Why Bother To Keep Learning?

Why Bother To Keep Learning?

In my teen years, my grandmother was my sounding board, my confidant, the one person in whom I confided. In nice weather, we sat side by side on her front porch swing, other times across from each other at her kitchen table. The constant variable with my grandmother was that she listened — as though my words had special value and meaning to her.

Though she wasn’t one to offer advice very often, when she did, I listened. She once told me, “Terese, you are never too old to learn,” and at the time, she was already old, and I wondered what she was still learning. 

Informal Education

Grandma often told me stories of how she’d grown up on a farm. The oldest of sixteen kids, her mother taught her how to plan and prepare meals, dress chickens and ready a body for burial. She’d lost two sisters as infants—one from smallpox and one from jaundice. 

With three brothers and ten sisters, grandma told me she had to learn how to get along with so many different personalities—some who loved practical jokes and others who were as serious as an old preacher. 

Grandma’s formal education ended when she graduated from the eighth grade. Then she went off to work. She began as a clerk in a store, but was later hired by a banker to cook meals for his family. Over the next four years, she told me it was easy to see how her earnings helped to support her parents and siblings. 

Later, when she married and no longer went off to work, she invested herself in her own home. She learned how to manage her time and money, love her husband and raise responsible children. As a mother, she taught her own children how practical it was to get along with just about anybody.  

She never put much stock in any physician or medications. Instead, she understood how to maintain her health by eating natural foods, exercise and getting a good night’s rest. And when she became a widow, she taught herself how to make those financial decisions she’d always relied on her husband to make, and learned how to comprehend a business contract before she signed her name on the dotted line.   

Grandma’s education included both formal and practical and maybe the reason she told me that you are never too old to learn was so that I would understand that the minute you think you know it all—then you’ve just given up on learning. 

Why bother to keep on learning? It is worth it to keep on learning since none of us know all there is to know and the second we think we do—we’ve just given up our privilege to learn anything new.

Why Bother Living An Example?


Why Bother Living An Example?

For the first eight years of my life, I had the good fortune of living near my grandma. Memorable holiday meals took place in her large house and uncles, aunts, and cousins sat shoulder to shoulder around the dinner table. Tender roast beef, smooth brown gravy, fluffy mashed potatoes and an assortment of cream pies for dessert delighted my taste buds and filled my belly. It was never a chore for me to clean up my plate at Grandma’s house.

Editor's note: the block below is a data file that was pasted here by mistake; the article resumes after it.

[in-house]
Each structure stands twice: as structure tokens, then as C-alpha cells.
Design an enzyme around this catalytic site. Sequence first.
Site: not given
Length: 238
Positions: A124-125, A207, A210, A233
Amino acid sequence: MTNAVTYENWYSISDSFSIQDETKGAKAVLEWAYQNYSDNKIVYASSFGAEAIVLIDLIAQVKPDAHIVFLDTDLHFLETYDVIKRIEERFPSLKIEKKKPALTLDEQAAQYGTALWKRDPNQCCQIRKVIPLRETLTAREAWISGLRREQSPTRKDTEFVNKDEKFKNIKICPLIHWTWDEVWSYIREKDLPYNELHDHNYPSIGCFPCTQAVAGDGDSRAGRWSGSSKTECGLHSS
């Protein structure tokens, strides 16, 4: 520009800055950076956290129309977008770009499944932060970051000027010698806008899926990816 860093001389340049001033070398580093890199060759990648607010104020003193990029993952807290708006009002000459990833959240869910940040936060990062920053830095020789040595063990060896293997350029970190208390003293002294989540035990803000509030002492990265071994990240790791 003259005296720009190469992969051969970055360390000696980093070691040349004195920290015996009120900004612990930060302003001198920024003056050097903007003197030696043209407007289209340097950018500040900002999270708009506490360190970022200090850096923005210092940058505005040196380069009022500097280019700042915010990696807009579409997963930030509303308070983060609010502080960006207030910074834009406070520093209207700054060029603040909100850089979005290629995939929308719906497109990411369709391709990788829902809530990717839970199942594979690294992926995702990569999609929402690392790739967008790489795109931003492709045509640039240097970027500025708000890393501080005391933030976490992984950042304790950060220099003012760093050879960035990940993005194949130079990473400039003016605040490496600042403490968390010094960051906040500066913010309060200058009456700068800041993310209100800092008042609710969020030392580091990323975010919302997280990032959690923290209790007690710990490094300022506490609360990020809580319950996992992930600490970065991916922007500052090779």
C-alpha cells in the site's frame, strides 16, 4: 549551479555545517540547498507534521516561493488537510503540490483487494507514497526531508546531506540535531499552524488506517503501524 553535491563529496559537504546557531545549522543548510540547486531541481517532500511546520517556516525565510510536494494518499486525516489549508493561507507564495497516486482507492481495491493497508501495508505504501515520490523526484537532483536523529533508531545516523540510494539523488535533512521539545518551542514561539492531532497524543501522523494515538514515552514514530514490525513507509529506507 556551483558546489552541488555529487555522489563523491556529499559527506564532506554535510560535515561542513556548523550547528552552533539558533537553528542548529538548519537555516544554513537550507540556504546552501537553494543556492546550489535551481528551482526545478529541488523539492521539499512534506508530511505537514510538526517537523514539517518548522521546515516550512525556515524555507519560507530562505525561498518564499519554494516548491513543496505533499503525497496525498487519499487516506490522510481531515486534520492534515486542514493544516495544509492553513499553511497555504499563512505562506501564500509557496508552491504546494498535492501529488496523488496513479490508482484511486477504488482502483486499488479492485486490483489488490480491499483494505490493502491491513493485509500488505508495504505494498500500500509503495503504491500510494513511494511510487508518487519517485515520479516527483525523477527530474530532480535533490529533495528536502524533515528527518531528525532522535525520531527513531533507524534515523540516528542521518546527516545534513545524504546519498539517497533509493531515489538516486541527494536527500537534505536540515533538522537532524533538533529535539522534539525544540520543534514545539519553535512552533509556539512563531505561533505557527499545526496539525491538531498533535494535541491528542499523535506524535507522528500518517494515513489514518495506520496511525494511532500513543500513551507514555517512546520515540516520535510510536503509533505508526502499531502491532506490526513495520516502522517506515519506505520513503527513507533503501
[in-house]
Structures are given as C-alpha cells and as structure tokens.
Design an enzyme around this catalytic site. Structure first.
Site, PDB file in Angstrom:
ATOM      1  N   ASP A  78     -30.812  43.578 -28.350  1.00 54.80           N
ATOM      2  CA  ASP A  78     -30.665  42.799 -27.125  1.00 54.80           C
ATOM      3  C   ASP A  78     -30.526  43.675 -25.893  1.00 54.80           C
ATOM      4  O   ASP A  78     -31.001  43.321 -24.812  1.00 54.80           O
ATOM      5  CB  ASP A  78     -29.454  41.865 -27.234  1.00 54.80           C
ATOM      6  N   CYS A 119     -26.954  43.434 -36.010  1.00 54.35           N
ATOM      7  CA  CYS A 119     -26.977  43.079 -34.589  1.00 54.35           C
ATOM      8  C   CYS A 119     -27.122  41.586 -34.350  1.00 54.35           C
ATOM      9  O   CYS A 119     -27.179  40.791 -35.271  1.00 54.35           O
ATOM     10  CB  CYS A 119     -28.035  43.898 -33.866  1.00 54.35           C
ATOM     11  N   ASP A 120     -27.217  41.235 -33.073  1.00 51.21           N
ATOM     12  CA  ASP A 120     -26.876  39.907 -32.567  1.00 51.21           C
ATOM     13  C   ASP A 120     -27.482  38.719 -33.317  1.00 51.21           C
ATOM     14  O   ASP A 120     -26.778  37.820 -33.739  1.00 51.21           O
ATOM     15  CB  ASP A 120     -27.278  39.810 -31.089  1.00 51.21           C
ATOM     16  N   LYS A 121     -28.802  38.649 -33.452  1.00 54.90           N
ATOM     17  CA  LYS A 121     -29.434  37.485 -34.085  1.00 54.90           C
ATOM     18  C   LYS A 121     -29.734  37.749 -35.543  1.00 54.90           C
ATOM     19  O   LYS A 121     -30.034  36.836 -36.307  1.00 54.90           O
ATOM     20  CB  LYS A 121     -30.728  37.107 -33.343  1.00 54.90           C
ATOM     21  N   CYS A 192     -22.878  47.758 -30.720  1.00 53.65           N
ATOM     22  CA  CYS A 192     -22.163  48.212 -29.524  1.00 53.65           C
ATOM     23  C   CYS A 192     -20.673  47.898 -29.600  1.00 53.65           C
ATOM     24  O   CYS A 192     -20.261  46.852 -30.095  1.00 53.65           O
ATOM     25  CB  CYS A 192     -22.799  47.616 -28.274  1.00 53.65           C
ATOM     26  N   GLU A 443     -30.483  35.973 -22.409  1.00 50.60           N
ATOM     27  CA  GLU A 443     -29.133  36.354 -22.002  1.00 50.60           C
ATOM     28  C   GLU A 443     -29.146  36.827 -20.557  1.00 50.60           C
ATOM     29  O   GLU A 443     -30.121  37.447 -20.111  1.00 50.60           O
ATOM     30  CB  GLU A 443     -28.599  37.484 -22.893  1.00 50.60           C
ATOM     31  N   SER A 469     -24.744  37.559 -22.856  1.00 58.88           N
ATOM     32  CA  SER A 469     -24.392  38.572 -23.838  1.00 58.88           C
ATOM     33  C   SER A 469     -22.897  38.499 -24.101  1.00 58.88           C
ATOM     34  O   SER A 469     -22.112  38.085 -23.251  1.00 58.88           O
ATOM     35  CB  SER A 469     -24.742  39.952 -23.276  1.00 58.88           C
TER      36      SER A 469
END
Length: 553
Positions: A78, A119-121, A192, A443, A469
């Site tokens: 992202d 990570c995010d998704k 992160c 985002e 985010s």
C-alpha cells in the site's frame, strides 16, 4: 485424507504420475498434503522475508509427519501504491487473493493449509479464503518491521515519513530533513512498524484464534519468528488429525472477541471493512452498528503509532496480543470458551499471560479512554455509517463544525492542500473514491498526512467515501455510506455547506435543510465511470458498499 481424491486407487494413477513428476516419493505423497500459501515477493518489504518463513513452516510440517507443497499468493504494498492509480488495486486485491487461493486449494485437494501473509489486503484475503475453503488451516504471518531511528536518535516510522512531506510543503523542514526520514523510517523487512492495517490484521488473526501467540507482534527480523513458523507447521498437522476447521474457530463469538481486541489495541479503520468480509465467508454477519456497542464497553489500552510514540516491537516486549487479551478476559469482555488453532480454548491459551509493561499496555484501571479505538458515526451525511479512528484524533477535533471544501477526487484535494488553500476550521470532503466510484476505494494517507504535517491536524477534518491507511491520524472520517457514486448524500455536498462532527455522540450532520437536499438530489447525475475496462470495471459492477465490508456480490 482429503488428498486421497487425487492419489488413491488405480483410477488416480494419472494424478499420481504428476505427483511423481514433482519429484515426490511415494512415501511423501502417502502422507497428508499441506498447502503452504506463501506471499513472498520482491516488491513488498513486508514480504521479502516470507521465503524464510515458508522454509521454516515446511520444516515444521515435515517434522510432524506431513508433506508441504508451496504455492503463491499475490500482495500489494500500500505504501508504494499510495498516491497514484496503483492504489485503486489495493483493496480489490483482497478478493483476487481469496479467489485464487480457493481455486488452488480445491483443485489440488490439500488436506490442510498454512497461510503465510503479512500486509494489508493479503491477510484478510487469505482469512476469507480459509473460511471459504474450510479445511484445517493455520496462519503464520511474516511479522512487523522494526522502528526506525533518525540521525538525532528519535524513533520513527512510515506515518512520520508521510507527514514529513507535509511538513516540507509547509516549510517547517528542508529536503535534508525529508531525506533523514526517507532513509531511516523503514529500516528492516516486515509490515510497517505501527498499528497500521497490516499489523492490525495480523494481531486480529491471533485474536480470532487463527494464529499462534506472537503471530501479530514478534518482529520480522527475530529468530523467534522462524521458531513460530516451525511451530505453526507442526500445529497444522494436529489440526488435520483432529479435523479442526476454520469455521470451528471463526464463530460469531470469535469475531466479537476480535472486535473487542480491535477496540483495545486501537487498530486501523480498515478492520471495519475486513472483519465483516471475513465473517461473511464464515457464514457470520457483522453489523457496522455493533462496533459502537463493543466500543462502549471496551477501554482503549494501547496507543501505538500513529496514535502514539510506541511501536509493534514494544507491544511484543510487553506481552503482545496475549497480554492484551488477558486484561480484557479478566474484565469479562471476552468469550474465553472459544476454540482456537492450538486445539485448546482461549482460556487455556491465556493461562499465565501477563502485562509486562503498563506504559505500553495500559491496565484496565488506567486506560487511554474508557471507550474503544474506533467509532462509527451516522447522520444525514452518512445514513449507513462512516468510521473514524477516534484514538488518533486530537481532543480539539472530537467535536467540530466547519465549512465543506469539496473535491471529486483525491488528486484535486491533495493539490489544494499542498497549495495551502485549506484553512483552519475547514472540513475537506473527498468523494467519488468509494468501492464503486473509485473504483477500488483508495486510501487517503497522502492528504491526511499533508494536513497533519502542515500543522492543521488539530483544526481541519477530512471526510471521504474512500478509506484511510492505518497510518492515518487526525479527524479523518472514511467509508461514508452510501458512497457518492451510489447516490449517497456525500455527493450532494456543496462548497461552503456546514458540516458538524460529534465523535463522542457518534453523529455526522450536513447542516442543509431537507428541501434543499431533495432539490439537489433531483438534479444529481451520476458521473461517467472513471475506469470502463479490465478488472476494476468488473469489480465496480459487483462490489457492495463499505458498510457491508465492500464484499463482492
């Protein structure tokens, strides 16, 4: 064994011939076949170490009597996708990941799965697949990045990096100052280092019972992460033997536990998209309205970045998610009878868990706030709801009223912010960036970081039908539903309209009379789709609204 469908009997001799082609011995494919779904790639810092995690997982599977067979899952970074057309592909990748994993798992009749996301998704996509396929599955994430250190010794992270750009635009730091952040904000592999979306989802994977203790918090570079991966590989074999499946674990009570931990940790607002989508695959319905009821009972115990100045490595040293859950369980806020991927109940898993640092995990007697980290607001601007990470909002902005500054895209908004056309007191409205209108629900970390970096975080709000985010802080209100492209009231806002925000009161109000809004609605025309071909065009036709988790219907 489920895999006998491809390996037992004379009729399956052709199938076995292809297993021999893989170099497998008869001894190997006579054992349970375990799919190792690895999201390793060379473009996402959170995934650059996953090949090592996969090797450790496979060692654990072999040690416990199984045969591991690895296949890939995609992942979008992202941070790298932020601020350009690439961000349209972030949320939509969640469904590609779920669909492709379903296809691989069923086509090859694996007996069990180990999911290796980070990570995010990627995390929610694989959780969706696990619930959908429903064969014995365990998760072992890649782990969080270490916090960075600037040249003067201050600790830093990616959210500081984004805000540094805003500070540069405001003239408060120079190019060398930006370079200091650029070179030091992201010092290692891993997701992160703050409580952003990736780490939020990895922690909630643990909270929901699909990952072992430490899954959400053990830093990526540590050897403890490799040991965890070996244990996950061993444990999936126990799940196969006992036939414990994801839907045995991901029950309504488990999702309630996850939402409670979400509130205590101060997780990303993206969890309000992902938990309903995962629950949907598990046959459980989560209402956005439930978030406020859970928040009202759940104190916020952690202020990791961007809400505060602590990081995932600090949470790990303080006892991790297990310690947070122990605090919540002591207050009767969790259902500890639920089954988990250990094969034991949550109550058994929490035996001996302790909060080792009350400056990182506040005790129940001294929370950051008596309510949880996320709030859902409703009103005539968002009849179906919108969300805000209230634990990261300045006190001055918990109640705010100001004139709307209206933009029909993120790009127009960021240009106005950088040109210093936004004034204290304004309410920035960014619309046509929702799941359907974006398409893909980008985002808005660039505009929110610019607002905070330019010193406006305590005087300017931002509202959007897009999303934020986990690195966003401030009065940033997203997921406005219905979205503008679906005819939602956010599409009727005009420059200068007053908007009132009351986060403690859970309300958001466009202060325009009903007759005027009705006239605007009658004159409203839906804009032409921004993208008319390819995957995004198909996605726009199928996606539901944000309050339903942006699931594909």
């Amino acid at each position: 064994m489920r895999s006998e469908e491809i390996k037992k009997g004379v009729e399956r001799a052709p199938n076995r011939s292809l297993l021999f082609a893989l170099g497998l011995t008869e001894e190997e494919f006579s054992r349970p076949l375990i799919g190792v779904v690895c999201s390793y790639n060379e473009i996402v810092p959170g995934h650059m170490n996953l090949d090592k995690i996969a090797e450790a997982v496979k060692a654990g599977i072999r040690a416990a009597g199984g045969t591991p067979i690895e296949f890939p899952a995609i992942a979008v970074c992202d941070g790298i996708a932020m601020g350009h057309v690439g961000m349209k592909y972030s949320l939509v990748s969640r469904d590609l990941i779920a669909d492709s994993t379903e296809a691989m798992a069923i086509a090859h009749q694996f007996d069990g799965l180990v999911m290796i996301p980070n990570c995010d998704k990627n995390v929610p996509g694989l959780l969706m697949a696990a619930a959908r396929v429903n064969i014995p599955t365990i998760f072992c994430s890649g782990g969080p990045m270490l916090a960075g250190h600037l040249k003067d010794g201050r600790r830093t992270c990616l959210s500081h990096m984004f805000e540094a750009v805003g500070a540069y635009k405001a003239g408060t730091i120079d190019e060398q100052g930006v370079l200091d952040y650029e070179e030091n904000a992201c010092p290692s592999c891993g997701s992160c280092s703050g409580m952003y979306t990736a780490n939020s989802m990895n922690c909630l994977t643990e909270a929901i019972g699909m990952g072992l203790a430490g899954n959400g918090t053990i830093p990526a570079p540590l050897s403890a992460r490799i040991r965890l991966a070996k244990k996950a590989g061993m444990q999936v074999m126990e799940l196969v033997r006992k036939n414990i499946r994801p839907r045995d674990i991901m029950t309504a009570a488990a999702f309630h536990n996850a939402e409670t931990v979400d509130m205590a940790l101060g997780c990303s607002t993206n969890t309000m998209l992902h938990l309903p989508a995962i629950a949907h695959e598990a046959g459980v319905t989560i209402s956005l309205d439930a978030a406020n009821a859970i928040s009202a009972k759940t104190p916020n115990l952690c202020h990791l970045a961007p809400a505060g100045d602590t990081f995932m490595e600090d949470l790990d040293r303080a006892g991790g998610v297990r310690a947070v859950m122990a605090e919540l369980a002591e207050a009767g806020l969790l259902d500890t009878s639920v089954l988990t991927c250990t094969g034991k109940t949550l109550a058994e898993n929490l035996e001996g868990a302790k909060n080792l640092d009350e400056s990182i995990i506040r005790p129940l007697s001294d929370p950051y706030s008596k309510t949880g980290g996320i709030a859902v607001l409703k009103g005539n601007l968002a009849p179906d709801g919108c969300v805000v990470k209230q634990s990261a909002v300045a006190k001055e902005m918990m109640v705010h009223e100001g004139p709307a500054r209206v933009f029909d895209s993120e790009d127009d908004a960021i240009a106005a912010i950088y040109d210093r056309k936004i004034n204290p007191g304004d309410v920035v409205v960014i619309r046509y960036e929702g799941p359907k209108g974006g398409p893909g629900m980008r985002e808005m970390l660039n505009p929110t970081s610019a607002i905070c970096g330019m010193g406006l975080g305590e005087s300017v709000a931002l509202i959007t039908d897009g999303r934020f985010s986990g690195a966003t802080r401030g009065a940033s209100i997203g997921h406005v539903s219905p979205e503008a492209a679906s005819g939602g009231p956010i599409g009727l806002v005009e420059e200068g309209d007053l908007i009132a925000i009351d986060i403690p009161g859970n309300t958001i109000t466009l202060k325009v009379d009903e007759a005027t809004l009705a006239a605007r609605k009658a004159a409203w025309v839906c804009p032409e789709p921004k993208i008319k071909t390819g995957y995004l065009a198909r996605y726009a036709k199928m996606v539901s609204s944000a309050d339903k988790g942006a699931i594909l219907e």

Never A Chore

And these occasions never looked like they were a chore for Grandma. She joined in with the cacophony of laughter and chatter around the table during the meal and later, while cleaning up the dishes, more intimate conversations ensued between her and whoever got the privilege of helping her clean the kitchen.  

Grandma was used to cooking for large crowds. She grew up as the eldest on a farm in Western Nebraska. The noise around the dinner table would have been common. With fifteen siblings and a smorgasbord of personalities among them, there had to have been incessant chatter and laughter too.

Grandma never balked at the hard work of homemaking. She’d made it her vocation. When her formal education ended after the eighth grade, she worked for the more affluent people in her Western Nebraska community. After she married at age eighteen, she kept her own house in “ship-shape” order. Closets were clean and clutter free, stained laundry was presoaked the night before she washed it, and ironing was done up once a week. Her hardwood floors and furniture sparkled as did her bathtubs and sinks. 

She was amiable toward everyone; courtesy clerks at the grocery store, as well as her elderly friends who had grown cranky with age. She treated all sixteen of her grandchildren with equality. No one received any more Kool aid than the other. No one got more than one cookie at a time and we waited for our turn to spend a night at her house. 

My family moved away from Grandma when I was eight and the distance between us grew each time my father’s work took our family to another state; from Nebraska to South Dakota and then to Colorado. When illness struck my dad and he required long term care, Mom left some of my siblings with friends in Colorado and returned to Nebraska with my little brother and me, to live with Grandma.

Though a chaotic period in my life, Grandma, now a widow and in her seventies, was exactly the same as I’d remembered her. Her smile, laughter, zeal and set purpose for each day of the week was still intact and for a while, I had the good fortune of living with her. She became the stabilizing factor in my life and living with her became my education in homemaking, fairness and amiability. She is long gone from this world, but  her example for living remains my model.

Why bother living an example? You never know who is observing your life, but it is worth it to live in a way that leaves a good precedent for the one watching you. Your example remains long after you are gone.